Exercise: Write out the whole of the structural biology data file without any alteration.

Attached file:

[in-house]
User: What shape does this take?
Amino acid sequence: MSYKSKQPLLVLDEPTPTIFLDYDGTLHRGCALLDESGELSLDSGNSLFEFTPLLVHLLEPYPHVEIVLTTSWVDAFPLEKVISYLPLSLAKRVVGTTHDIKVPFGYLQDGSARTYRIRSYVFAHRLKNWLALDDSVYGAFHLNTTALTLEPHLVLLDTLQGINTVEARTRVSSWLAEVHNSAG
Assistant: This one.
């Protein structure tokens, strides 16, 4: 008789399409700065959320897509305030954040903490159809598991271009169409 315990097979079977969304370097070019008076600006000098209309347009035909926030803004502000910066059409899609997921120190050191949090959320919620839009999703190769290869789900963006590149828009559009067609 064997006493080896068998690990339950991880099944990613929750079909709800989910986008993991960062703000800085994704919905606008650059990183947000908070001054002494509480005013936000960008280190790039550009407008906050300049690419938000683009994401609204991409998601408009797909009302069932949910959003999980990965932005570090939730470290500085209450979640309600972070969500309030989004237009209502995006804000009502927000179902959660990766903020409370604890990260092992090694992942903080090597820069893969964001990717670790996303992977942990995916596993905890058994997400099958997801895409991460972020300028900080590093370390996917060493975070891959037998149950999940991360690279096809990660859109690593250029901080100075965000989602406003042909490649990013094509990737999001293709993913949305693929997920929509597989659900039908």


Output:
[in-house]
User: What shape does this take?
Amino acid sequence: MSYKSKQPLLVLDEPTPTIFLDYDGTLHRGCALLDESGELSLDSGNSLFEFTPLLVHLLEPYPHVEIVLTTSWVDAFPLEKVISYLPLSLAKRVVGTTHDIKVPFGYLQDGSARTYRIRSYVFAHRLKNWLALDDSVYGAFHLNTTALTLEPHLVLLDTLQGINTVEARTRVSSWLAEVHNSAG
Assistant: This one.
């Protein structure tokens, strides 16, 4: 008789399409700065959320897509305030954040903490159809598991271009169409 315990097979079977969304370097070019008076600006000098209309347009035909926030803004502000910066059409899609997921120190050191949090959320919620839009999703190769290869789900963006590149828009559009067609 064997006493080896068998690990339950991880099944990613929750079909709800989910986008993991960062703000800085994704919905606008650059990183947000908070001054002494509480005013936000960008280190790039550009407008906050300049690419938000683009994401609204991409998601408009797909009302069932949910959003999980990965932005570090939730470290500085209450979640309600972070969500309030989004237009209502995006804000009502927000179902959660990766903020409370604890990260092992090694992942903080090597820069893969964001990717670790996303992977942990995916596993905890058994997400099958997801895409991460972020300028900080590093370390996917060493975070891959037998149950999940991360690279096809990660859109690593250029901080100075965000989602406003042909490649990013094509990737999001293709993913949305693929997920929509597989659900039908």